Issues of Growth and Employment Concerning the Manufacturing and Services Sectors in South Africa

by TREGENNA, F. , 2006
Research Report, Employment Growth & Development Initiative, Human Sciences Research Council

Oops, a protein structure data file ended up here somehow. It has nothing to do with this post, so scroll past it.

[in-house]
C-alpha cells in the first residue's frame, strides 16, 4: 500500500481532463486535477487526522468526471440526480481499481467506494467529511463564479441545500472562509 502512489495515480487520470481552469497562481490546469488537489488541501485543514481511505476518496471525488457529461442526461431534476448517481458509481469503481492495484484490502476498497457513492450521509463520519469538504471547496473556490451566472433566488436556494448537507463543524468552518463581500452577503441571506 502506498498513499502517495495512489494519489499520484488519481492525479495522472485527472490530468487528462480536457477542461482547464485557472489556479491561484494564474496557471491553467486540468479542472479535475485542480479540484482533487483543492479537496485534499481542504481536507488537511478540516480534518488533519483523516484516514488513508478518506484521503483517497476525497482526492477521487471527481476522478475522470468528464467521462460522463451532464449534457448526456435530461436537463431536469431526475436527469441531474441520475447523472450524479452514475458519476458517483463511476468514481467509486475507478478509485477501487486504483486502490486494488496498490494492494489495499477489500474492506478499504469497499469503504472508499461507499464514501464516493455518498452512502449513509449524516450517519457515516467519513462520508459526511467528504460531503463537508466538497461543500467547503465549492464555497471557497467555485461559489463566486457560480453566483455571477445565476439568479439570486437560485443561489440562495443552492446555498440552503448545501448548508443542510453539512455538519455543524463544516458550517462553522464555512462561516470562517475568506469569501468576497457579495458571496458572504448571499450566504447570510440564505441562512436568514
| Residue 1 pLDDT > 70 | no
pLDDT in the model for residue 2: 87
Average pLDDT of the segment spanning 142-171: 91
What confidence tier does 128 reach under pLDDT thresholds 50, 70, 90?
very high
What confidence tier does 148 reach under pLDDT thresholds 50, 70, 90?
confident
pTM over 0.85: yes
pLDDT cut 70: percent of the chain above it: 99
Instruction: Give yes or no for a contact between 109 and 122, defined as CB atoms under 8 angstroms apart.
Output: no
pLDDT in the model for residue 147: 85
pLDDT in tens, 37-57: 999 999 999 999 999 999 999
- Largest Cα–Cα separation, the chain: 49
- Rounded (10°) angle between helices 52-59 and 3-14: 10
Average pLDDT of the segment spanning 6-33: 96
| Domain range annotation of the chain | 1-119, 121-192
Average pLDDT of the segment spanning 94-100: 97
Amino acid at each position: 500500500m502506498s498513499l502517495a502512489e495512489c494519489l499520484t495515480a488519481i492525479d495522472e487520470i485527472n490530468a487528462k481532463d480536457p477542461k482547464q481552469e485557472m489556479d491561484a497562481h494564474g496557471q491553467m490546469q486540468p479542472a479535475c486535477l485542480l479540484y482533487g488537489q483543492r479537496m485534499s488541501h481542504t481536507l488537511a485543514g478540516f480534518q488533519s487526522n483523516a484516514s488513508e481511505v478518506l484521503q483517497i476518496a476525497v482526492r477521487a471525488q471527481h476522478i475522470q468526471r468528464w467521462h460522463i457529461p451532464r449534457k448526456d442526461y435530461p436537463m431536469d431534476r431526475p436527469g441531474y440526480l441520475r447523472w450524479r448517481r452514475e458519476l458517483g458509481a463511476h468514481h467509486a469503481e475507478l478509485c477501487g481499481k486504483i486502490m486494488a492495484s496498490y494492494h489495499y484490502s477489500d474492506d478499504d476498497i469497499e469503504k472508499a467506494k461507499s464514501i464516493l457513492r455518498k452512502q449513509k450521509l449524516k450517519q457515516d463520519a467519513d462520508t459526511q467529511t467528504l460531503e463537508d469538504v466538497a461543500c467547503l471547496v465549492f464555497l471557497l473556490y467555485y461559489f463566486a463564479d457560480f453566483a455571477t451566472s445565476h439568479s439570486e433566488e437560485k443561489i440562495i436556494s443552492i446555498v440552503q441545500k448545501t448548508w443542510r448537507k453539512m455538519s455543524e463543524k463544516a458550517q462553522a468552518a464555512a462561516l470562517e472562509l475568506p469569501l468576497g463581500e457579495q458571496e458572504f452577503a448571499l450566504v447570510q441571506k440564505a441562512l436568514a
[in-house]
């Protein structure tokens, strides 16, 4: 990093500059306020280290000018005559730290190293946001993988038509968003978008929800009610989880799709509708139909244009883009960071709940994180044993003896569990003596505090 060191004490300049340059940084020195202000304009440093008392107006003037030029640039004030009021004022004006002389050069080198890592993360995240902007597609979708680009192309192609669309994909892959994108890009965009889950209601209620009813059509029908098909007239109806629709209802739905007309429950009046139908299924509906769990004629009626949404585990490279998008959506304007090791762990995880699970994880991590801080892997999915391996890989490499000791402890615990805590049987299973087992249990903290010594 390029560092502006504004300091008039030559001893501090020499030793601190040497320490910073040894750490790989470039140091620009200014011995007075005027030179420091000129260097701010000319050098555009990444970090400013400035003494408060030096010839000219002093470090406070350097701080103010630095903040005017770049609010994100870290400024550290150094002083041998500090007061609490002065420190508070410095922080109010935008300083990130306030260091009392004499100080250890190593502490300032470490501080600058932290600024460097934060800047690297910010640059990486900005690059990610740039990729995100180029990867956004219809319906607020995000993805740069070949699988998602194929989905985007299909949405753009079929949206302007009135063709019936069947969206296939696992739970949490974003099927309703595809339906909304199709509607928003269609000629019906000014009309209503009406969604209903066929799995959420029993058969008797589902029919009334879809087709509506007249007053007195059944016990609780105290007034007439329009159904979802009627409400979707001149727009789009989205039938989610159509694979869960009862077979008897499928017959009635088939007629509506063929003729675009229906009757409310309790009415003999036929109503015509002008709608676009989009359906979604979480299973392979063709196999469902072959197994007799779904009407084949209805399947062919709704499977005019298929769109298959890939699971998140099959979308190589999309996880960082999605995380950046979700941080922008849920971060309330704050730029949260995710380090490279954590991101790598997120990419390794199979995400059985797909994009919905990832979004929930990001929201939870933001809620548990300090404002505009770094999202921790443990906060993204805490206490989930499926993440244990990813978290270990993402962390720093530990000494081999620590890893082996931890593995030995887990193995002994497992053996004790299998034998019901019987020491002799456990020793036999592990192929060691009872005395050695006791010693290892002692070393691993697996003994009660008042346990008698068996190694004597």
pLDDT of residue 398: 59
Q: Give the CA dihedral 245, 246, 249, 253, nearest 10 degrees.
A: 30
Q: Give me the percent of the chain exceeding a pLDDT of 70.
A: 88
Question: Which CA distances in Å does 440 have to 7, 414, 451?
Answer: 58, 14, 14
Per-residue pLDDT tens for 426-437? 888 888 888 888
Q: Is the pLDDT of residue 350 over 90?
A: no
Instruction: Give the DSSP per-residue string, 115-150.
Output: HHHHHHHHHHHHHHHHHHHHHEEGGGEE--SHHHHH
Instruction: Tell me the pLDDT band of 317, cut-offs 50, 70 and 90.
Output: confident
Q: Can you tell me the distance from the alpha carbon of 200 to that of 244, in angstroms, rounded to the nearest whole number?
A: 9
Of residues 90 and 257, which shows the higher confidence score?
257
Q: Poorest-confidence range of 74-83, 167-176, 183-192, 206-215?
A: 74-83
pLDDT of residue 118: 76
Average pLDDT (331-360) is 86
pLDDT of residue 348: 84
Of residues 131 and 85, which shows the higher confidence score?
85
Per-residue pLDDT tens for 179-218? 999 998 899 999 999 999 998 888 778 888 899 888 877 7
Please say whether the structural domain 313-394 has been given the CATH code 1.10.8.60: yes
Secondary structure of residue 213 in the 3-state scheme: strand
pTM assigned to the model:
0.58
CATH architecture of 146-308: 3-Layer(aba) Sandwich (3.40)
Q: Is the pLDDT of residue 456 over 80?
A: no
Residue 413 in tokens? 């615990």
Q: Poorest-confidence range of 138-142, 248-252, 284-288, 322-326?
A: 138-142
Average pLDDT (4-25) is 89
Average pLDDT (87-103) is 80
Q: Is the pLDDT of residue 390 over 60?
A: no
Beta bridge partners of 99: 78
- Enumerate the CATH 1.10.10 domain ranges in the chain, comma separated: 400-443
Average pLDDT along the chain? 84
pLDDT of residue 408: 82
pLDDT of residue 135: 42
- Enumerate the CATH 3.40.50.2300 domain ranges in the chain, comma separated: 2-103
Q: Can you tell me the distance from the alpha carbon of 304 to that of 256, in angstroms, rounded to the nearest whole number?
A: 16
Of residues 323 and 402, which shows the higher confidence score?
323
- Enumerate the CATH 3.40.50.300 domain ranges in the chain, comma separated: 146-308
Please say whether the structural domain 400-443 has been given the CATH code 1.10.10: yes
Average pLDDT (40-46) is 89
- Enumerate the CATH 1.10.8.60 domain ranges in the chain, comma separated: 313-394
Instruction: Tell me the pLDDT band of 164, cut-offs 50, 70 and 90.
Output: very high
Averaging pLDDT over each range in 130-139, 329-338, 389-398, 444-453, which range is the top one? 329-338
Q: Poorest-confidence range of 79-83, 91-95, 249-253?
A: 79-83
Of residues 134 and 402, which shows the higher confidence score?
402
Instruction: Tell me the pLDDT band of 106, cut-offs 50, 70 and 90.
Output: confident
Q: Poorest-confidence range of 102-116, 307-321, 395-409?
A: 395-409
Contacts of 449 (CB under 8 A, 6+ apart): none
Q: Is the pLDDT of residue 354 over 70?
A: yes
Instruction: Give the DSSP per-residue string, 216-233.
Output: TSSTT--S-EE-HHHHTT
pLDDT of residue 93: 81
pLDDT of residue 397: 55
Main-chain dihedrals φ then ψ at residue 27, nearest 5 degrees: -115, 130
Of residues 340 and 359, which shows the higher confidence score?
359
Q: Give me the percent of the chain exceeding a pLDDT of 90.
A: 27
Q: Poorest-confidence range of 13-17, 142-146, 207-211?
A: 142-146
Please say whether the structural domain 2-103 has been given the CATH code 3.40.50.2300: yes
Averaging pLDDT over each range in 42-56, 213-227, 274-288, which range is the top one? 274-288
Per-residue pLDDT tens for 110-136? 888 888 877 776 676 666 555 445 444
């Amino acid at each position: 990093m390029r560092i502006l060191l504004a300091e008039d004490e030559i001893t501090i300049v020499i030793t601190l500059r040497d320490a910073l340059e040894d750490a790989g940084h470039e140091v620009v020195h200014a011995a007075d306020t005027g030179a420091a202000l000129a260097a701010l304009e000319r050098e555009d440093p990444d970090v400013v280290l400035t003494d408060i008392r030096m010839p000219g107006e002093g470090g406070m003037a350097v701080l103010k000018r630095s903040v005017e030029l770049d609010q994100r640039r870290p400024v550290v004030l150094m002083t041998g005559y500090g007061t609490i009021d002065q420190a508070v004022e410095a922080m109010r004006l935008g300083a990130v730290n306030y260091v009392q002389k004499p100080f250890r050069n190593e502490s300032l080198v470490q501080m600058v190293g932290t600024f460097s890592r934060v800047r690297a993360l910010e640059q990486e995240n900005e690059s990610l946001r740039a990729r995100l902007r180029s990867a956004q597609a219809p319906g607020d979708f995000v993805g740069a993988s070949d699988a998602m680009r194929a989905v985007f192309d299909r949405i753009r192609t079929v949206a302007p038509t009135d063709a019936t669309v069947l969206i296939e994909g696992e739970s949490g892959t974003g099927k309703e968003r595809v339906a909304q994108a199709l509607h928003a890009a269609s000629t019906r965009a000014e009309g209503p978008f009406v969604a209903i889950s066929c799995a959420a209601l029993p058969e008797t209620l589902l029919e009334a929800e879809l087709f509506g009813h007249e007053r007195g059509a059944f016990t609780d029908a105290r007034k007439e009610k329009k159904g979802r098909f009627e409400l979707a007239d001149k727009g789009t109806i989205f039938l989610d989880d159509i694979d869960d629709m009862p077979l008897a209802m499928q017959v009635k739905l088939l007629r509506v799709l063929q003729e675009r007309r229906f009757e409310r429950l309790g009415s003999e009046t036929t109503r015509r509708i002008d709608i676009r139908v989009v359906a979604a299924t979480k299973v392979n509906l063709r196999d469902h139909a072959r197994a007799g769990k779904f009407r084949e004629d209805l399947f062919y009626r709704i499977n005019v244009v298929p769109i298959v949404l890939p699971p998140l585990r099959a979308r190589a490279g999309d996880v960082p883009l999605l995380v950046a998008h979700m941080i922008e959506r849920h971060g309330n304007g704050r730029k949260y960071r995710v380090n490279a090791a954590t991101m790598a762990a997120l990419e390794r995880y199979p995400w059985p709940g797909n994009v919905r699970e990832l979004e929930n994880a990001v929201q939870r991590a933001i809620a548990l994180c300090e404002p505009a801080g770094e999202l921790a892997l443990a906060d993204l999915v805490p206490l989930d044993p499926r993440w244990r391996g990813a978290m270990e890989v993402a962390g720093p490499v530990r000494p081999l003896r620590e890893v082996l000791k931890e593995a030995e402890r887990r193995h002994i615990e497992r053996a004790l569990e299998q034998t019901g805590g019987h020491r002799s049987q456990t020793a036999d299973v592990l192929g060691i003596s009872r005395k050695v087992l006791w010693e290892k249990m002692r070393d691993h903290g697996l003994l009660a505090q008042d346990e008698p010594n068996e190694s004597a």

There has been much talk in recent years, both in South Africa and internationally, of the rise of the services sector. Manufacturing is regarded by some as no longer being able to generate economic growth and employment on the scale required in a country such as South Africa. Others have concern that there is a premature expansion of the services sector, which may slow down the South African growth process and economic dynamism. These are complex questions in various ways: empirically/statistically, there is little clarity on the extent to which the apparent changes in the sectoral structure of the South African economy are real as opposed to the shifting around of activities (notably through outsourcing). Economically, different sectors have varying capacities in terms of, inter alia, inter sectoral linkages, growth and employment multipliers, balance of payments and so on. Politically there are distributional issues involved as well as existing vested interests. The paper is intended to be a rigorous analysis of these and related questions, at both the conceptual and empirical levels. This extended research proposal briefly outlines some of the background and differing conceptual approaches, gives an overview of some relevant empirical trends in South Africa, and begins to concretise some of the questions and how we plan to go about investigating them. It is offered on this website as a tool for researchers.